The Blackout Club is all set to release in the first-quarter of 2019 on the PS4. The game is about a group of teens who discover that they have developed a pattern of falling unconscious and then waking up in the strangest places. Everything they might have done in that period is a total blackout. Interesting!
Further, in The Blackout Club, the teens decide to group together to solve the mystery, only to discover tunnels that lead to an underworld full of weird music and bizarre adults. In the game, the teens need to capture the whole conspiracy on their camera, and show it to the world so that everyone can believe that such things exist in the world.
A maximum of four players can go on a mission together involving encounters with various elements such as variable objectives, enemy ambush, loot drops and more. Every night would be filled with new crazy secrets and additional hints wherein the group would need to explore the new neighborhoods. The four truth seekers should trust no one as they get closer to knowing about their missing friend and the reason for their uncontrollable blackouts, read the official description of the game.
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The four friends, who have bonded over a common secret, can select to drop in and out of a session for a single mission or more. Every mission occurs in the neighborhood only, revealing dark secrets of the familiar modern community disguised under the perfect society.
To make it through the challenges and bizarre revelations, players would need to use their skills, improvisation and intelligence. Players should know how to create and coordinate the diversions and tactically break out of the enemy’s grip. As the number of players shrink, they must be more vigilant not to fall into the trap of the dangerous creature that can’t be seen.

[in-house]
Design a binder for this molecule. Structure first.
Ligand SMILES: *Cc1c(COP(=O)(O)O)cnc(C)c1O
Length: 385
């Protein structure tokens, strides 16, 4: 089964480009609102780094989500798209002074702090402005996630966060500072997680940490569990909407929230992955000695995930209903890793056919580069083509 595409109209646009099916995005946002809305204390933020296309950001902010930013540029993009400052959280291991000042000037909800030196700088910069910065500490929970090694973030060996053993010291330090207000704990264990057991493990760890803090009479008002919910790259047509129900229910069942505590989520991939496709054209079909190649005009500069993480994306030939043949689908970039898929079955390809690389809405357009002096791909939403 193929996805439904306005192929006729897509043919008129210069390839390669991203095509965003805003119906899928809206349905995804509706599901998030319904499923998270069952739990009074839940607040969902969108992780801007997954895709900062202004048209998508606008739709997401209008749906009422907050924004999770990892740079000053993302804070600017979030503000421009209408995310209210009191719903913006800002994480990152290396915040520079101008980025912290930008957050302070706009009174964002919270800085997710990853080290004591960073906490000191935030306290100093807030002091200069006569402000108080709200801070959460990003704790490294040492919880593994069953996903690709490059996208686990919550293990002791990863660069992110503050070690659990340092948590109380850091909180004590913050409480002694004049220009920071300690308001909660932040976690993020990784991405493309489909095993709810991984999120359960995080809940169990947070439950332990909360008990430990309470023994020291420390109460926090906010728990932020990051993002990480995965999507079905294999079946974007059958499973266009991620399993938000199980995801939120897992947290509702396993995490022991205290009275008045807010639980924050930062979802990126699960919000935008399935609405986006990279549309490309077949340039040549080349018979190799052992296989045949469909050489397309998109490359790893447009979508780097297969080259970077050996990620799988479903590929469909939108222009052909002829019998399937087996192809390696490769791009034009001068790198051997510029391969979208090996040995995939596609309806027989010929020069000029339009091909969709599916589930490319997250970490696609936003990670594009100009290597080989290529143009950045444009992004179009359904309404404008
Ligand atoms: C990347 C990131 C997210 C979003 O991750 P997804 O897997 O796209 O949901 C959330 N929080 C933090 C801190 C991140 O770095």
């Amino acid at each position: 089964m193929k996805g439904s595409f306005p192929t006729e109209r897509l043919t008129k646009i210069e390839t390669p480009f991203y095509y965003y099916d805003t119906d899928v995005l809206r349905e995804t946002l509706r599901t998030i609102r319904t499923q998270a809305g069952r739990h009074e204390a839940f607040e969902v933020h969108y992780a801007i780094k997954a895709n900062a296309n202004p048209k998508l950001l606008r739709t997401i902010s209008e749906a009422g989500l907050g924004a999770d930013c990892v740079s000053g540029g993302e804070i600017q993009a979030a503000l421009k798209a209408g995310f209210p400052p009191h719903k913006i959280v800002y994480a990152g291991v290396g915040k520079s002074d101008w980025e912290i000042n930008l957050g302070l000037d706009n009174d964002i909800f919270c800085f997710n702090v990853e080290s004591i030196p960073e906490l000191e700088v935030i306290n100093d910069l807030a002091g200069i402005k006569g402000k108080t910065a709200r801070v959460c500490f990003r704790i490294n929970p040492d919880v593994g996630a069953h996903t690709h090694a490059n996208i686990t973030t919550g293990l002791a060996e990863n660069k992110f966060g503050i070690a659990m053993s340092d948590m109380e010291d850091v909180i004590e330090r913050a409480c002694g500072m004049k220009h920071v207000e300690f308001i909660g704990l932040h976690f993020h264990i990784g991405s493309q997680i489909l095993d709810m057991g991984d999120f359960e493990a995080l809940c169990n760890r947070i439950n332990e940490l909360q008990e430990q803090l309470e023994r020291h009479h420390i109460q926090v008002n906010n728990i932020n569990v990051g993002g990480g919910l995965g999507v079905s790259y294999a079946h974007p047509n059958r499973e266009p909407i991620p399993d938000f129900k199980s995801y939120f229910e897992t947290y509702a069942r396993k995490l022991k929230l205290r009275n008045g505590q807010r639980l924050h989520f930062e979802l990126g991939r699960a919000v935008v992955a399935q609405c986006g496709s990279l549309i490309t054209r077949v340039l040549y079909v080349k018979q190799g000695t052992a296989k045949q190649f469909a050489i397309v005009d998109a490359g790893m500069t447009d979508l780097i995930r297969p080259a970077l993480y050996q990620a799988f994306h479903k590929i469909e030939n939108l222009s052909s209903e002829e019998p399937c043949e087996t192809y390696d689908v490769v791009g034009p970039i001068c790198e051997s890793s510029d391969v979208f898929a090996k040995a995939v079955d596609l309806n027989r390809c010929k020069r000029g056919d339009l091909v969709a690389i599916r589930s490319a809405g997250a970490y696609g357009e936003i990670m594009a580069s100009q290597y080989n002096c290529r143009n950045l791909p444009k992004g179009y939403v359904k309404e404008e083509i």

Talking of the game, Jordan Thomas, co-founder of The Blackout Club’s development studio, Question, previously said that the teenagers in the game are no match to the power of the enemies. “You have to find ways to jump on their back and get them in a chokehold, maybe jam a sedative into their neck or hit them with a taser. The game is about outwitting a robust, adult force from your perspective as a teenager,” he said.
According to Thomas, the most notorious enemies are the Sleepers and Lucids. The former are the parents, cops and teachers, whereas the Lucids are the people interested in taking part in such experiments. The Sleepers cannot see the kids on account of sleepwalking and are unaware of their involvement in the conspiracy. The Lucids, on the other hand, are capable of hunting down their enemies relentlessly.
Further, Thomas said that in the titles such as BioShock, Deus Ex or Thief, the player has a gun and the magic hand that can be combined to create some new power. In The Blackout Club, however, it is the people that come together to create the magical effect. One player might be skilled in making a prank call to someone who is about to catch them, by playing a pre-recorded message, while the other has the ability to do a takedown by hunting down the person in the shadows.
Further, players of The Blackout Club can possess one major and one minor power, as well as a “hero item” like teaser crossbows, grappling hooks and more. The players should select the power that compliments them. For instance, someone good at pranks might not be agile enough to run across the rooftops and sprint without needing a break.
Thomas, previously, also talked of something like a “bad kid high score” in the game. Players in the course of completing the mission would have to do many things such as pick locks, or hunt someone down from behind. Such actions would increase the felony score, and therefore, taking on another mission, rather than giving up would deliver additional XP scores.
Thomas, who was the creative director to the titles like BioShock 2, revealed that work on The Blackout Club started in 2016, roughly a year after Question’s first game, The Magic Circle. Thomas co-founded Question with Stephen Alexander, a fellow designer on BioShock. Kain Shin, a programmer for Dishonored, came on board later.
Talking about how the team came up with the idea of the game, Thomas said, “Cooperative play and the resurgence of the horror genre had given us hope. We’d been waiting for horror to welcome back the vulnerable protagonist, for years.” Further, he said that the teenage characters were the outcome of that brainstorming.